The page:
Joining a University sports team can be one of the most enjoyable experiences a student can have during their three years as an undergraduate. Wednesday nights out at your student union almost becomes a religious ritual and the build-up to varsity is arguably the most widely-talked about event during the year.
It’s a chance for rugby players to meet like-minded meat heads who love a good old pint of British ale while watching England take on Wales in the Six Nations, or for basketball fanatics to indulge into conversation about who truly is better, Jordan or James?
In order for you to truly become a vital member of your chosen sports club, however, you must successfully overcome an initiation ceremony, or ‘hazing’ as it is referred to across the pond.
Essential or embarrassing?
Initiation ceremonies can be used as a tool for team-building; it’s a chance for new arrivals to socialise with the old guard and become friendly on a first-name basis.
In modern times, however, student initiations have become notorious for their excessive, degrading nature, where members are forced to drink ‘dirty’ pints filled with toxic substances and are met with a rapturous round of applause for throwing up.
As an affluent tennis player growing up, I was twice obliged to take part in an initiation ceremony. My first was during a county cup weekend but being under the legal drinking age we were instead required to perform a song of our own choice in front of other team members.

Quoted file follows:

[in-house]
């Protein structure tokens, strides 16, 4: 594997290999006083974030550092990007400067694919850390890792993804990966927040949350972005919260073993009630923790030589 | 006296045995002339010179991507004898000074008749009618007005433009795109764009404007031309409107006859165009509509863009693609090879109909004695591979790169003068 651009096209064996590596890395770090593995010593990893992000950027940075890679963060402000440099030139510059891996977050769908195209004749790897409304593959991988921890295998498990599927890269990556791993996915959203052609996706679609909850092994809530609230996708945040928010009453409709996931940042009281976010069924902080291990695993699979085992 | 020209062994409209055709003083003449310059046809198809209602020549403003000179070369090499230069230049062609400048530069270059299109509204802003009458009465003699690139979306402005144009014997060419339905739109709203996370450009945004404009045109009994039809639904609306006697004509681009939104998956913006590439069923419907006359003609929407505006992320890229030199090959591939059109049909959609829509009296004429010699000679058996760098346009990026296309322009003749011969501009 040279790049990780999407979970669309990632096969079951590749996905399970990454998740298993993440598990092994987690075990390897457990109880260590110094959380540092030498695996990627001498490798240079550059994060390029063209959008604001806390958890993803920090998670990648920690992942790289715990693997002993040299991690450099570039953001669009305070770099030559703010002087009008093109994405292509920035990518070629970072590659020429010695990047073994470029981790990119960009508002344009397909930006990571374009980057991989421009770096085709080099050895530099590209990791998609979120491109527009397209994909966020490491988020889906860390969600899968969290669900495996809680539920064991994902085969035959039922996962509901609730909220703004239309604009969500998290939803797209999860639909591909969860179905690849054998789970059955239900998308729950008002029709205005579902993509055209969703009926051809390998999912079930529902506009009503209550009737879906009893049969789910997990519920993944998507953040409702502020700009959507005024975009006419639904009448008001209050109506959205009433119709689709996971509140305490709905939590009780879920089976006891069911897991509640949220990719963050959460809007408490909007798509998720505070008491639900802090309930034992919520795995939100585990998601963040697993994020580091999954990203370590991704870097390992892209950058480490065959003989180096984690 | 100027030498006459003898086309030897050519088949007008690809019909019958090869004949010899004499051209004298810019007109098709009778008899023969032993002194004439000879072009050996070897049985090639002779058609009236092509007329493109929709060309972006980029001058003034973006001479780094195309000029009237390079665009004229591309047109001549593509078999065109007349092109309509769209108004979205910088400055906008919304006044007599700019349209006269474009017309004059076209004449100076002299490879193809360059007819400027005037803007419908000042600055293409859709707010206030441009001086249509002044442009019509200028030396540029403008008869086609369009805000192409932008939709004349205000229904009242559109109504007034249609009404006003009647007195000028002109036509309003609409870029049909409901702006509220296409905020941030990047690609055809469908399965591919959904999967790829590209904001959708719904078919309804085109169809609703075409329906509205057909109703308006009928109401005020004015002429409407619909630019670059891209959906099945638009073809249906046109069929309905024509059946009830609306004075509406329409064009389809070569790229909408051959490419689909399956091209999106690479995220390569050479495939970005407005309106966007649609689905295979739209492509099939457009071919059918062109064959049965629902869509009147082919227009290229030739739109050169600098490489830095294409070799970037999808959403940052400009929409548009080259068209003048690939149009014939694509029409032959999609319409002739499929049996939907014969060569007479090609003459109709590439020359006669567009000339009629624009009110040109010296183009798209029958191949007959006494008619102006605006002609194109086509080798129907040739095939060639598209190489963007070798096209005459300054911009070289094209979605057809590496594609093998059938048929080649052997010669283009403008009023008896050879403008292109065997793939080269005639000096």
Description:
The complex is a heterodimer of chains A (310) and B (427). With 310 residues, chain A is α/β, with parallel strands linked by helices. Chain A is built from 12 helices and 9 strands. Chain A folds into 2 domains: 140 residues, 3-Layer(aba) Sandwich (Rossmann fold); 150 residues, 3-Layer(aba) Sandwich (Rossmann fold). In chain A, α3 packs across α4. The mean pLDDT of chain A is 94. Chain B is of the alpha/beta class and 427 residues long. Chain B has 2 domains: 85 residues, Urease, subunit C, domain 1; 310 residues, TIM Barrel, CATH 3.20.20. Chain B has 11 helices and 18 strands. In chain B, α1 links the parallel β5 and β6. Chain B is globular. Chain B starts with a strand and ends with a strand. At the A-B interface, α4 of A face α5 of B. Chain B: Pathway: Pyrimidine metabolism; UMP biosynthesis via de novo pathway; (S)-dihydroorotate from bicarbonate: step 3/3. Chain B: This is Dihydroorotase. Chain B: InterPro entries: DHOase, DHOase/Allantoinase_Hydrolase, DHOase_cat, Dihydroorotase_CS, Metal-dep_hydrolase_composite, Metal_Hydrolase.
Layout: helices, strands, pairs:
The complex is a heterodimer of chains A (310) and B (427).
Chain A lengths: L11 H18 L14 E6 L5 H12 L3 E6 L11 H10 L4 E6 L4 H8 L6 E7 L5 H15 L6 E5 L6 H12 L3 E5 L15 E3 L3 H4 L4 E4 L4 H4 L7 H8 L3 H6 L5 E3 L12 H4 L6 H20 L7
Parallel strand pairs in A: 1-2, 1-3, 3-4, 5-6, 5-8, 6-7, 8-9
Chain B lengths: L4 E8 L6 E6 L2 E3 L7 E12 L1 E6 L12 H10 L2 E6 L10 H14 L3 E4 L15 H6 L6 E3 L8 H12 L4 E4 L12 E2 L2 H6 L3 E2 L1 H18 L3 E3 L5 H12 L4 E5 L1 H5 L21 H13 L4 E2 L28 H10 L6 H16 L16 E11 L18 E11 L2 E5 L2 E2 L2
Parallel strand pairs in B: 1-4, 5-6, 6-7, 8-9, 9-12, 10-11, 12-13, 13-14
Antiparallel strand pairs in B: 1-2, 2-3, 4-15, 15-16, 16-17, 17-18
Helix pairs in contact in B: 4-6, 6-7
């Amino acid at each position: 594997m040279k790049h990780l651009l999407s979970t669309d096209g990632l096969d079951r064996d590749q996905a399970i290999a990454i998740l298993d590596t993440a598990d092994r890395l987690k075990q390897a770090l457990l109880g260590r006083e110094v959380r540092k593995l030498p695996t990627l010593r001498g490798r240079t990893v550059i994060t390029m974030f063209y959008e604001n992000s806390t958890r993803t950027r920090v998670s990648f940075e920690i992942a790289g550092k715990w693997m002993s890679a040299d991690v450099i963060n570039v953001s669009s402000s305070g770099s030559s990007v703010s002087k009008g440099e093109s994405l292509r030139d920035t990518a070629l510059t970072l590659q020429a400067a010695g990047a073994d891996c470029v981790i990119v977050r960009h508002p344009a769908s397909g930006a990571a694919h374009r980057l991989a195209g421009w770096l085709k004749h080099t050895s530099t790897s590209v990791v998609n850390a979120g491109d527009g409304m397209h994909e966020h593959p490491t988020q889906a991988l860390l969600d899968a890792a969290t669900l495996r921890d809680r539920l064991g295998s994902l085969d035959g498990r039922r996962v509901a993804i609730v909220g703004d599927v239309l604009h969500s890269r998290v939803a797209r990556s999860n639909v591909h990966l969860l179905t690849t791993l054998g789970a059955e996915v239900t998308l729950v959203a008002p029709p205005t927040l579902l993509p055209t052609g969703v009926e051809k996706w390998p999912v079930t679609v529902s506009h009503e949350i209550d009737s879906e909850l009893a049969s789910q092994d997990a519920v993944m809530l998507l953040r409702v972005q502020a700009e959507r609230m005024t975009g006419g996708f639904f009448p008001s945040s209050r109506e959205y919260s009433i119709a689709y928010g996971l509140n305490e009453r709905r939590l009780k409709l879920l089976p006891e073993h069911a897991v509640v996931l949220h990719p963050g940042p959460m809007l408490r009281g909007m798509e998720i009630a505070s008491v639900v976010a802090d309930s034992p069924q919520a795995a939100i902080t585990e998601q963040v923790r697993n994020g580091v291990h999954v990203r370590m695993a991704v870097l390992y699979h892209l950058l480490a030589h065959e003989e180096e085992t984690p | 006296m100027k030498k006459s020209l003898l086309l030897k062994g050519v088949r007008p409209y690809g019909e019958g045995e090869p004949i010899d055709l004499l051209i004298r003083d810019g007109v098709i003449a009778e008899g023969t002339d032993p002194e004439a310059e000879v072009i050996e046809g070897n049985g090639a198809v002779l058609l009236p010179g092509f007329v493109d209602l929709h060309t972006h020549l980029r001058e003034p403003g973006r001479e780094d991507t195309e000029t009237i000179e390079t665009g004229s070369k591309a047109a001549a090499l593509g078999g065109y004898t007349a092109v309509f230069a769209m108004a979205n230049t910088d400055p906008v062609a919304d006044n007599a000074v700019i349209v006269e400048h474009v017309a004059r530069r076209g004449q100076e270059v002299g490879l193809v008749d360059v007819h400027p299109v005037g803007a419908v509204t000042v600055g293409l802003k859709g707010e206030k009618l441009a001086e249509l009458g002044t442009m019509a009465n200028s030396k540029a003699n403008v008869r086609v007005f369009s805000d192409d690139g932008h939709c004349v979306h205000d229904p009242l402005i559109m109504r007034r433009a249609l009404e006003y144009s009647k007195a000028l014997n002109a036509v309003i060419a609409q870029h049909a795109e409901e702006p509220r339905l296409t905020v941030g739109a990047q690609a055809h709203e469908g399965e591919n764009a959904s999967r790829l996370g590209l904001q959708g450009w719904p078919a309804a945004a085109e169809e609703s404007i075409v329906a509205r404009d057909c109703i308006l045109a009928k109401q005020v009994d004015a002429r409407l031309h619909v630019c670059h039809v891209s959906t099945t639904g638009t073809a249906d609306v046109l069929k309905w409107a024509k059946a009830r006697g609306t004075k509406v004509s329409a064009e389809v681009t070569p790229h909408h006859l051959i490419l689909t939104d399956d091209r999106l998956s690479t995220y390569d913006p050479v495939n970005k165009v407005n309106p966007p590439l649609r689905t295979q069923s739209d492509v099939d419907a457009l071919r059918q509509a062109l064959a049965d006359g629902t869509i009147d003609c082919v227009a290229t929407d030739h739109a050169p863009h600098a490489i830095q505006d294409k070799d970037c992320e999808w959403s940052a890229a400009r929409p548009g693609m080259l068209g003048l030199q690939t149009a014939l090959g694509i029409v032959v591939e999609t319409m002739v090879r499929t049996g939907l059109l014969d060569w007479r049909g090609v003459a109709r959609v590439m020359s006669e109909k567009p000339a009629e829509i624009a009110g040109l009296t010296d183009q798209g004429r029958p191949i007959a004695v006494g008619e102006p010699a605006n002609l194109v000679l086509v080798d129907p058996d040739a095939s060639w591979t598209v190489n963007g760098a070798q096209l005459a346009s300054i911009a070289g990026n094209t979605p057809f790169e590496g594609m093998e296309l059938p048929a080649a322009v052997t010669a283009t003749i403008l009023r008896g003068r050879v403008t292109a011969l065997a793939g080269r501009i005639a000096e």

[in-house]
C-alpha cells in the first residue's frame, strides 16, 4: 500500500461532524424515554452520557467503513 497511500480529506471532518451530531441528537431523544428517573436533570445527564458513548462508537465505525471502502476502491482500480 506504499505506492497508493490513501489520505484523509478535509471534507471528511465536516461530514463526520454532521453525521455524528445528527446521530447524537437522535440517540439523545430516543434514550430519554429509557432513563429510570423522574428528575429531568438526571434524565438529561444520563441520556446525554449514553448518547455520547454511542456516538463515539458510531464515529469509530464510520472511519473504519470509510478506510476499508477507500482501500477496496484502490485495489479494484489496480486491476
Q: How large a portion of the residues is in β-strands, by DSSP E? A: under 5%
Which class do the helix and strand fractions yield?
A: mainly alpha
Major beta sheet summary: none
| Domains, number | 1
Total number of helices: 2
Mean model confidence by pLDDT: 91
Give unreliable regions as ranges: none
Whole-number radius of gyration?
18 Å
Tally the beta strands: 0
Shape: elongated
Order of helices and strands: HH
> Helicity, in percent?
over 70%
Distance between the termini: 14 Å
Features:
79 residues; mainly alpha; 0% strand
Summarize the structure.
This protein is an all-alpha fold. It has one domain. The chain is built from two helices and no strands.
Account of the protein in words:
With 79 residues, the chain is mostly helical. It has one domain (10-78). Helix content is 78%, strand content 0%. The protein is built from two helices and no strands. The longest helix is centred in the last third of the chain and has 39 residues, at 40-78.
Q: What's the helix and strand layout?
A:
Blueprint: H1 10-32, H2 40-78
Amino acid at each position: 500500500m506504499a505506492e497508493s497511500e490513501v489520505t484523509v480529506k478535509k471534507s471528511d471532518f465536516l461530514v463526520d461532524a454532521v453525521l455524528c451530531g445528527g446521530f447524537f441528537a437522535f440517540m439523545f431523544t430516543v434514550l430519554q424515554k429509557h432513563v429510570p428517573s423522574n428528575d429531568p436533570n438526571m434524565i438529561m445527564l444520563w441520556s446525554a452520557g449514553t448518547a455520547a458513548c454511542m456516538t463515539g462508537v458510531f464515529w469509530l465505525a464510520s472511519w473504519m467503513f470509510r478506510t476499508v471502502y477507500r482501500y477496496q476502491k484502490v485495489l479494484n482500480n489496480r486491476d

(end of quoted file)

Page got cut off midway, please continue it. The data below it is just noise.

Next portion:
My rendition of Dizzee Rascal’s ‘Stand Up Tall’ was deemed to be the best performance of the year and I subsequently felt a sense of closeness with my team mates. My second, at University, involved copious amounts of alcohol, a hugely anticipated hangover, and a night out that couldn’t be remembered, leaving me no closer to my new ‘friends.’
It doesn’t take a mad adventure into the darkest realm of the internet to find some of the more grotesque stories of student initiations. In 2008, members of Gloucester University were paraded down the road with bags over their heads by an older member wearing a Nazi outfit.
In the same year, a man from Exeter University drank himself to death after participating in the alternative game of pub golf, and just this week, the Huffington Post reported a story about two female twins leaving the University of Mexico after one ended up in hospital after heavy consumptions of alcohol during her football initiation.
A renowned status?
If you are successful during your initiation, managing to keep down the concoction of animal biscuits, raw egg whites and Sambuca shots whilst somehow managing to string a sentence together in order to exchange phone numbers with the hockey captain, you will quickly become one of the finer members of the sports team.
Your initiation story will spread across the University quicker than Fresher’s Flu and your celebrity status amongst your peers will have been established – you will have achieved the status of a University lad. Your ability to drink may even leave you with a better chance of ensuring a place in the first team the following year, regardless of your sporting ability.
Initiations are a way in which many sports teams promote vile excessive drinking culture to their new recruits. With a hint of freedom after moving away from their parents, students are led astray by what they deem to be good role models, thrown into a culture that has become prominent in University life.
Alcohol can be used as a great tool for socialising. It can help relax you and rids your mind of all anxious thoughts, but there is nothing social, friendly or inviting about some of these utterly vile tasks that are supposedly a way into sporting teams.
What do you think? Have you ever had to do a strange initiation? Are they really necessary? Have your say in the comments section below.